The board discussed whether it would be better to continue leasing a tractor or purchase a new one.
Alderman Cook stated, if the city continues to lease the tractor, the cost would increase from $6,000 to $6,600 per year. After much discussion, he recommended the lowest costing option, which is purchasing the tractor currently being leased by the city for approximately $38,000. Cook mentioned the tractor only has 200 or fewer hours on it, and should give good service for some time to come.
Mayor Anderson stated funding options must be explored before the April meeting, because a decision must be reached by May 1.
City Attorney Beau Pemberton recommended the board approve the purchase and funding method at the same time, once a decision is made as to what course of action to take.
Gleason Librarian Retires
The board accepted the resignation of City Librarian Judy Paschall, who is retiring after serving the city for the past eight years. It was mentioned she has been having health issues, which prompted her retirement.
“We wish her the best in her retirement,” Mayor Anderson said.
The individual chosen to take Paschall’s place on the library board is former Henry County teacher Anna Eaton.
Library Chairman Jamie Roney introduced members of the library committee, including: Lynn Shores, Mary Radford, Melody Hopper and Diane Mayo.
Mayor Anderson stated Vice Mayor Browning would serve as the city’s representative on the board.
Roney noted there remains a vacancy on the committee, which he hopes to be filled soon.
In department reports, Assistant Gleason Police Chief Bryan Legens stated the department resumed full operations February 24, after limiting contact with the public, due to the COVID-19 outbreak.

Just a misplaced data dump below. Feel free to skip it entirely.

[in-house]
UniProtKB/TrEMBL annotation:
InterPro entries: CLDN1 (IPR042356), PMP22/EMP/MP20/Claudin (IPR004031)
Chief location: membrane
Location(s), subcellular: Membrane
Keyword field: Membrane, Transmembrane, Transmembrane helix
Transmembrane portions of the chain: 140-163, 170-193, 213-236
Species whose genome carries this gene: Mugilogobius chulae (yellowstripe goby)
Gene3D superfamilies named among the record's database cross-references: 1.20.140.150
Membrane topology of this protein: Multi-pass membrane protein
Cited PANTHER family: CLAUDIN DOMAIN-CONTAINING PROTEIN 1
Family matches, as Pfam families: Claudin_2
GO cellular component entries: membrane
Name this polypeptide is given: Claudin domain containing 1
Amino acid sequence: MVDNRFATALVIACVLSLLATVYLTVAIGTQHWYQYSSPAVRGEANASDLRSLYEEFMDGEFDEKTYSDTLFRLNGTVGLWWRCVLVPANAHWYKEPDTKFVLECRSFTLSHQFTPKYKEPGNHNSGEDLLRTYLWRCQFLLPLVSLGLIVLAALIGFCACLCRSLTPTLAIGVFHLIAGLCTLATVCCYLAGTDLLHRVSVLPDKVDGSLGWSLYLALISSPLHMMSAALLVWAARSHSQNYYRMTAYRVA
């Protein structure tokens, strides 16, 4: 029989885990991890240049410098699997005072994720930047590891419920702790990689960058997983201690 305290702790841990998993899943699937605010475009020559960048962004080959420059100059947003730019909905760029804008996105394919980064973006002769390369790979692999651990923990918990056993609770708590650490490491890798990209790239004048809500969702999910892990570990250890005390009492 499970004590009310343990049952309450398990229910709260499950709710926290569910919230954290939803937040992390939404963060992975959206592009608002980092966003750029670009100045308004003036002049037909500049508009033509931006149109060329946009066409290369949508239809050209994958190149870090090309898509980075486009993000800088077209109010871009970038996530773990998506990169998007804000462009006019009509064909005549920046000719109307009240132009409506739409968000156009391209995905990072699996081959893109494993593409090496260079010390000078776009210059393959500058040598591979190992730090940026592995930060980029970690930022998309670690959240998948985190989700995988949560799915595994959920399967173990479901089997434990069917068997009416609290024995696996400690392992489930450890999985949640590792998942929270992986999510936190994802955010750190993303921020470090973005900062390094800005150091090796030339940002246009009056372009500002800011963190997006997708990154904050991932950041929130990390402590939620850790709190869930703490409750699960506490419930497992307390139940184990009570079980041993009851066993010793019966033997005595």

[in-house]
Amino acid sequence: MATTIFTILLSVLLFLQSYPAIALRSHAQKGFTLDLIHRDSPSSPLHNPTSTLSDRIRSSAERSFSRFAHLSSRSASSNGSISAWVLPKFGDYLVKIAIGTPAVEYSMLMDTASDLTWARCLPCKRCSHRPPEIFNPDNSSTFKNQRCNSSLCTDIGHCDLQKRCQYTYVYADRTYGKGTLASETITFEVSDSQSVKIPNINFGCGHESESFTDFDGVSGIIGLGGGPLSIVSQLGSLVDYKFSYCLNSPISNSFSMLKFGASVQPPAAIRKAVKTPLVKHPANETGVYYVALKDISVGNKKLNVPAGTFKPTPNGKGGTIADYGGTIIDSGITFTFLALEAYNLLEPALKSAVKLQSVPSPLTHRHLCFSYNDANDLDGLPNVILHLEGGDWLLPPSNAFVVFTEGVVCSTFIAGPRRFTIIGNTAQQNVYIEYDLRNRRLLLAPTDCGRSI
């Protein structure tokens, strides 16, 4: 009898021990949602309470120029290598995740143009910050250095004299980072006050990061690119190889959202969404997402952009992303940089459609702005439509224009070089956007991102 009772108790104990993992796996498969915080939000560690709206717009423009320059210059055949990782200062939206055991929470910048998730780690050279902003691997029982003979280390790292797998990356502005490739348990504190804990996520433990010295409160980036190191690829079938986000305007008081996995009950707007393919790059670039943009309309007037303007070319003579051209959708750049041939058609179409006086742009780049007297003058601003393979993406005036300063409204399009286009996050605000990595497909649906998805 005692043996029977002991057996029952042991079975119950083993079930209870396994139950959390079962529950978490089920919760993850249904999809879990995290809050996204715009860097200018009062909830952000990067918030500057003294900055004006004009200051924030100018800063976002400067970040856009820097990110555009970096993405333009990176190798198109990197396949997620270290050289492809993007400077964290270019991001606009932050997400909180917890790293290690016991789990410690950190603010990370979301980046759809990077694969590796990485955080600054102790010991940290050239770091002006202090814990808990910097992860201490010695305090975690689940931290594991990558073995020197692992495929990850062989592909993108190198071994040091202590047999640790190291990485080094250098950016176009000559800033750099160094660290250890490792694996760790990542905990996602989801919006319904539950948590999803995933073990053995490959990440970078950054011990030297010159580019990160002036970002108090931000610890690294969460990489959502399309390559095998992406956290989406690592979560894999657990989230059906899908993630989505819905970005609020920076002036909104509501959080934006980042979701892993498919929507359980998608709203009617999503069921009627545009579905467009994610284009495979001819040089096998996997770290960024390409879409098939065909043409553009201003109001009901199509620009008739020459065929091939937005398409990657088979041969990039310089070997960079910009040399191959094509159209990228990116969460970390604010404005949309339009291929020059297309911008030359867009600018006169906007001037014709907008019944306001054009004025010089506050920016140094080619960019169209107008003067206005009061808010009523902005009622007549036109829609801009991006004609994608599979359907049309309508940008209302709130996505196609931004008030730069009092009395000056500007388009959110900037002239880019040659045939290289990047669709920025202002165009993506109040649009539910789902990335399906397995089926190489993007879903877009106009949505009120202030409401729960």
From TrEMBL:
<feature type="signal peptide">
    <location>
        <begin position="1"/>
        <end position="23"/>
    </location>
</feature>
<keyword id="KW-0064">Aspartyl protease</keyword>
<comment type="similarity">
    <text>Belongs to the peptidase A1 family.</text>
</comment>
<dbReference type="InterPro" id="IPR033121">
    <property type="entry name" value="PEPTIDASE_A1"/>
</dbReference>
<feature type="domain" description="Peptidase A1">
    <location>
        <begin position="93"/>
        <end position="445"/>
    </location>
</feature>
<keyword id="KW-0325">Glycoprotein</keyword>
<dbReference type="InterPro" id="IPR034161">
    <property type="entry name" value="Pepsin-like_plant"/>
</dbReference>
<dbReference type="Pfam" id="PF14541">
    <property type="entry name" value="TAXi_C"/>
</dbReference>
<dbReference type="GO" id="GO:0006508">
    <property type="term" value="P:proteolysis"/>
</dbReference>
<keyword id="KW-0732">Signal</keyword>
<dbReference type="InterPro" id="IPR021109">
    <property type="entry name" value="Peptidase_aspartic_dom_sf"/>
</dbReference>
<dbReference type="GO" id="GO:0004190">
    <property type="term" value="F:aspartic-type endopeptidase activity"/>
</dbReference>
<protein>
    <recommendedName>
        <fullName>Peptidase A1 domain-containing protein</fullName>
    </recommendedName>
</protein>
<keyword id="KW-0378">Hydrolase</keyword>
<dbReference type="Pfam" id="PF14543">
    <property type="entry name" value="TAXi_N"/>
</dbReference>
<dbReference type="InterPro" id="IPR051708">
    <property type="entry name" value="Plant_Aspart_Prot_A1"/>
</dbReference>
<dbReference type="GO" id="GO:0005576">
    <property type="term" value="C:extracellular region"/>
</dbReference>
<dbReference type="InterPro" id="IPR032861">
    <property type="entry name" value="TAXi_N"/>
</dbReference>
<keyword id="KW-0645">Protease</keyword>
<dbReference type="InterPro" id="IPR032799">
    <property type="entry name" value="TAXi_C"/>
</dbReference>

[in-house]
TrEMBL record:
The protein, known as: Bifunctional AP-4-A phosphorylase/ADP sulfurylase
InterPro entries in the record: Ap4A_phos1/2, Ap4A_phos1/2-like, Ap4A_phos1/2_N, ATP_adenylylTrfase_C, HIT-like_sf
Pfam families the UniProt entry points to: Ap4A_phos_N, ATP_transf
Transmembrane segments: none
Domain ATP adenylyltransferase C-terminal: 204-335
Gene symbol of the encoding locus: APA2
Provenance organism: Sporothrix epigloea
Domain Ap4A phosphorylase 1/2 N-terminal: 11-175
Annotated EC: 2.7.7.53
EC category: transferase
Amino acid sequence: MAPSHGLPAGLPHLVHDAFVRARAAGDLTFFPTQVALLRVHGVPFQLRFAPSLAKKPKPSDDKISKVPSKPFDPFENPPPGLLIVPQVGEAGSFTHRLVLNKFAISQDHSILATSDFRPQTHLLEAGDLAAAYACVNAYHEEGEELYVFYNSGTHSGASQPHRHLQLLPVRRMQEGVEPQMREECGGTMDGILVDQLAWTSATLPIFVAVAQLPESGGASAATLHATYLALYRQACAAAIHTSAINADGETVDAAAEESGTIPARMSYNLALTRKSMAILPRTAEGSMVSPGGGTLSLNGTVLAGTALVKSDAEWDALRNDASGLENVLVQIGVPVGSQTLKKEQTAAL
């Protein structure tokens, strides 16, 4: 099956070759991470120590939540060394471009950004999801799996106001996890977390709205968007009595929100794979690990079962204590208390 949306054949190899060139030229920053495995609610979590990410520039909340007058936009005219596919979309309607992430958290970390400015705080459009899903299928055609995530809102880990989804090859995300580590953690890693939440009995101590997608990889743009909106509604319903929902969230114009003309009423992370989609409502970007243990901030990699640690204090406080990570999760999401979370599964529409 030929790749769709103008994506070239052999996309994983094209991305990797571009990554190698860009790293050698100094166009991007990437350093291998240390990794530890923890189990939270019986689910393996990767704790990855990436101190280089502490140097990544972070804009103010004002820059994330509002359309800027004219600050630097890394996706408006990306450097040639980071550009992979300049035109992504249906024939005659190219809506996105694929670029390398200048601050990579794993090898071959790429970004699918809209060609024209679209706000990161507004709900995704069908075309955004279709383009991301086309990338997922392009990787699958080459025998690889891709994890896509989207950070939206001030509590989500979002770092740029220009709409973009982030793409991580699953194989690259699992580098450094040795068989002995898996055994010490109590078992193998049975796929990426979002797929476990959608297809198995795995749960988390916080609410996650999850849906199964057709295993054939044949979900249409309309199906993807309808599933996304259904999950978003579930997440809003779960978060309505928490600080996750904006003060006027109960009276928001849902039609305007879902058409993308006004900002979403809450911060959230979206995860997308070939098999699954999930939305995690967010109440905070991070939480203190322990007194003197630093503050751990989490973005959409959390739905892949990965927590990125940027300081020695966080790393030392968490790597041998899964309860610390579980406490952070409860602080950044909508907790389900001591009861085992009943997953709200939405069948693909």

Mayor Anderson noted, during recent icy weather, city employees spread salt at key locations around the city in the interest of public safety.
Water Department Manager Tony Terrell introduced Kevin Byrd, workforce development coordinator for the Tennessee Associations of Utility Districts (TAUD), who he described as instrumental in advising Gleason’s water department to help them remain in compliance with state and federal rules and regulations.
Byrd offered the city the opportunity to participate in an apprenticeship program to train a water operator. He stated there is a severe shortage of water and wastewater operators. To fill the gap, TAUD has developed an apprenticeship program offering high school seniors the opportunity of participating in a two-year training program to become qualified as water and wastewater operators, which involves coursework as well as on-the-job (OJT) training.
We have a dire problem across our state of aging and retiring operators,” Byrd said. “This program has been developed to help alleviate the situation.” He explained the students are tutored by experienced operators, who pass their knowledge on to their students. “We want to get that institutional knowledge before it’s gone.”
Byrd said he plans on speaking with local high school officials and attempt to initiate such a program.
“It’s a 4,000-hour OJT program involving cities hiring students, who will be working as they learn. It also requires 288 to 315 coursework hours depending on whether they’re studying for certification as a wastewater operator or water operator,” Byrd said. “The goal for you is to have someone to stay here in Gleason. It will be under our guidance. They would work full-time and take about one class a month.”
In the Fire Department Report, Deputy Fire Chief Mark Stafford said, “We had five EMS assist calls, two landing zones, provided mutual aid for a structure fire in Ore Springs, and worked a wreck with injuries.